The Orioles believed they might get a steal when they drafted left-handed pitcher Tim Berry in the 50th round of the 2009 first-year player draft. And so far, it looks that way.
Berry’s draft stock dropped dramatically after he tore the ulnar collateral ligament as a high school senior and was bound for Tommy John surgery.
But the Orioles took a chance on Berry, giving him a reported $125,000 signing bonus, and now the club’s investment is paying off.
The Orioles will likely add Berry, who is now 22, to the organization’s 40-man roster today in order to protect him from being taken in next month’s Rule 5 draft.
The club also must make decisions whether to protect other eligible players like catchers Caleb Joseph and Michael Ohlman, left-handed pitcher Jason Gurka, right-handed knuckleballer Eddie Gamboa and right-handed pitcher Oliver Drake from the Rule 5 draft.
But the 6-foot-3, 180-pound Berry, who followed a strong season at high Class-A Frederick with a strong Arizona Fall League season, stands out as a pitcher who has emerged from project to prospect.
"We rehabbed him back and developed him accordingly," Orioles player development director Brian Graham said. "In this case, you give the scouting department, and especially ownership, a lot of credit for taking a chance on this guy."
And with the Orioles committed to developing their pitching rather than throwing money to high-priced free agents, examples like Berry's need to happen to sustain success.
At Frederick in 2013, Berry went 11-7 with a 3.85 ERA in 27 starts for the Keys, recording a career-best 2.98 strikeout-to-walk ratio. He’s learned to complement his low-90s fastball with his secondary pitches.
“He’s always been held in high regard, but this year he made great strides with his command,” Graham said. “Most importantly, his changeup has improved. His curveball is a plus pitch and he’s just matured. He’s showed the ability to command his fastball, and that’s why he had so much success in the Arizona Fall League.
Pitching for the Surprise Saguaros this fall, Berry allowed just three earned runs over 14 2/3 innings, pitching to a 1.84 ERA while striking out 11 and walking just three. He won both of his starts in the Arizona Fall League, throwing four shutout innings in each game.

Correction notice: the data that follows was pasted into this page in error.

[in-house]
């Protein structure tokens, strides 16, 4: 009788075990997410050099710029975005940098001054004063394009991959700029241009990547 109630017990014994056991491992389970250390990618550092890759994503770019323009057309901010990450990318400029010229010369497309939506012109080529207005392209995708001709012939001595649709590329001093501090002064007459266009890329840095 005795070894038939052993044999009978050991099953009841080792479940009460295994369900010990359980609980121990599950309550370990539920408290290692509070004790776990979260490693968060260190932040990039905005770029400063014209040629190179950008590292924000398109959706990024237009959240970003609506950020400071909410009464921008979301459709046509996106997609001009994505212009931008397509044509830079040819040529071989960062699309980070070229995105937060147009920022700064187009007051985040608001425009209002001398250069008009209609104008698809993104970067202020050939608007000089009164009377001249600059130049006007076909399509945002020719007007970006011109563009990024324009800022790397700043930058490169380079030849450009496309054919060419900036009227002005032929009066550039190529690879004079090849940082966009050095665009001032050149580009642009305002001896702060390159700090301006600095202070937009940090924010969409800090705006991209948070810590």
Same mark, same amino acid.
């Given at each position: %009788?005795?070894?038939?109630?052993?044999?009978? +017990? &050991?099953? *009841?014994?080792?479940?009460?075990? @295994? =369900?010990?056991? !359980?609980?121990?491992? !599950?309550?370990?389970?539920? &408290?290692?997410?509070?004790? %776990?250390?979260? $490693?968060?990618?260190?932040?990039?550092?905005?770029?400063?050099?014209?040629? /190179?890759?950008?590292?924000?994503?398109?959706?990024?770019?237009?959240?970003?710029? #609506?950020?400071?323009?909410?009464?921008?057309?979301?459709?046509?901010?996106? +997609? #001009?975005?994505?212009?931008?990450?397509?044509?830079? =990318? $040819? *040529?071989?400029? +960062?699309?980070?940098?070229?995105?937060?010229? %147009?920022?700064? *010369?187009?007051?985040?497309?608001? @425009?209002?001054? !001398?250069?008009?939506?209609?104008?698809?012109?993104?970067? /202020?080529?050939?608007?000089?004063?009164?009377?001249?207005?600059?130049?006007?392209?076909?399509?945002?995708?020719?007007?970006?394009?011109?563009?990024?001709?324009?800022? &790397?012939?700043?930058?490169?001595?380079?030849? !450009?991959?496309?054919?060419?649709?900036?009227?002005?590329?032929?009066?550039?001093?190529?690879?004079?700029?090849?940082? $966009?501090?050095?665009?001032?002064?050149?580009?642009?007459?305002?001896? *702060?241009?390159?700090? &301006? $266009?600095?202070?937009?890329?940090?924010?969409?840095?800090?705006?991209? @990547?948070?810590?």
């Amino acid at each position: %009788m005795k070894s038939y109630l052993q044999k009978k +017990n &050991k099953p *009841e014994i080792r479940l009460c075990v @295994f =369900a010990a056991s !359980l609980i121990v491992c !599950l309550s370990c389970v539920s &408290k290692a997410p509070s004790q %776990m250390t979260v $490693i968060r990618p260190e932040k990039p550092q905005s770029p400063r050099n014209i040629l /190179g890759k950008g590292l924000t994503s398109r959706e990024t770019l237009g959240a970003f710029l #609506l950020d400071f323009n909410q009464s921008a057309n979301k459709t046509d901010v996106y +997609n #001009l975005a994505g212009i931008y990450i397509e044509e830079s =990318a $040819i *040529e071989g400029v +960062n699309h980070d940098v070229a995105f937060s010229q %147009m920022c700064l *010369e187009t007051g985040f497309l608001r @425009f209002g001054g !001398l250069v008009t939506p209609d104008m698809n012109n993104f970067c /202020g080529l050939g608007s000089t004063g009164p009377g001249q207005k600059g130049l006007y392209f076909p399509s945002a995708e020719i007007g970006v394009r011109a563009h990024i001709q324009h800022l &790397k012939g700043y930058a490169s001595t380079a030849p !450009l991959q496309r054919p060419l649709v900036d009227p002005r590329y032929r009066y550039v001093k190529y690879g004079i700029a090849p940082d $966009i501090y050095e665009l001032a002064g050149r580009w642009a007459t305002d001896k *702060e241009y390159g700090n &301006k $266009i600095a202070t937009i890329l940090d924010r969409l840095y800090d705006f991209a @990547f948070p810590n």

“I think he reached four innings before the pitch count both times,” said Double-A Bowie manager Gary Kendall, who managed the Surprise team. “He’s a guy who is getting ahead of guys, strike one all the time. He’s got a great tempo to hitters, which is good to see. ... He really pitches aggressively, and right now, he has a tremendous amount of belief in himself. He’s able to locate. He drives the fastball down in the strike zone, he has the ability to get ahead of hitters where he’s able to expand the zone a little bit, and he’s been one of the better pitchers out here in terms of consistency, especially minimizing pitches, which is a huge thing.”
Graham said working with short-season Class-A Aberdeen pitching coach Alan Mills, a former Orioles reliever who served as Surprise’s pitching coach, has helped Berry grow mentally.
“It was a good match for him,” Graham said of Berry working with Mills. “The difference, for me, from the end of the season to the end of the Fall League was his confidence. When he took the mound out there, mentally, he competed as well as I’ve ever seen him. I was confident in throwing his breaking ball behind in the count. He was confident in pitching inside. He gave a lot of credit to Alan Mills with helping him with the mental side of the game.”
Berry has only made one start above the Single-A level -- an emergency start for Kendall at Bowie in 2012 -- but the Orioles believe Berry could rise through the farm system quickly, especially because Berry has shown the ability to get both left-handed and right-handed hitters out.
And even though he’s been a starter since his first season back from Tommy John surgery, the continuing growth of his curveball and changeup will allow him to help the Orioles as either a starter or reliever.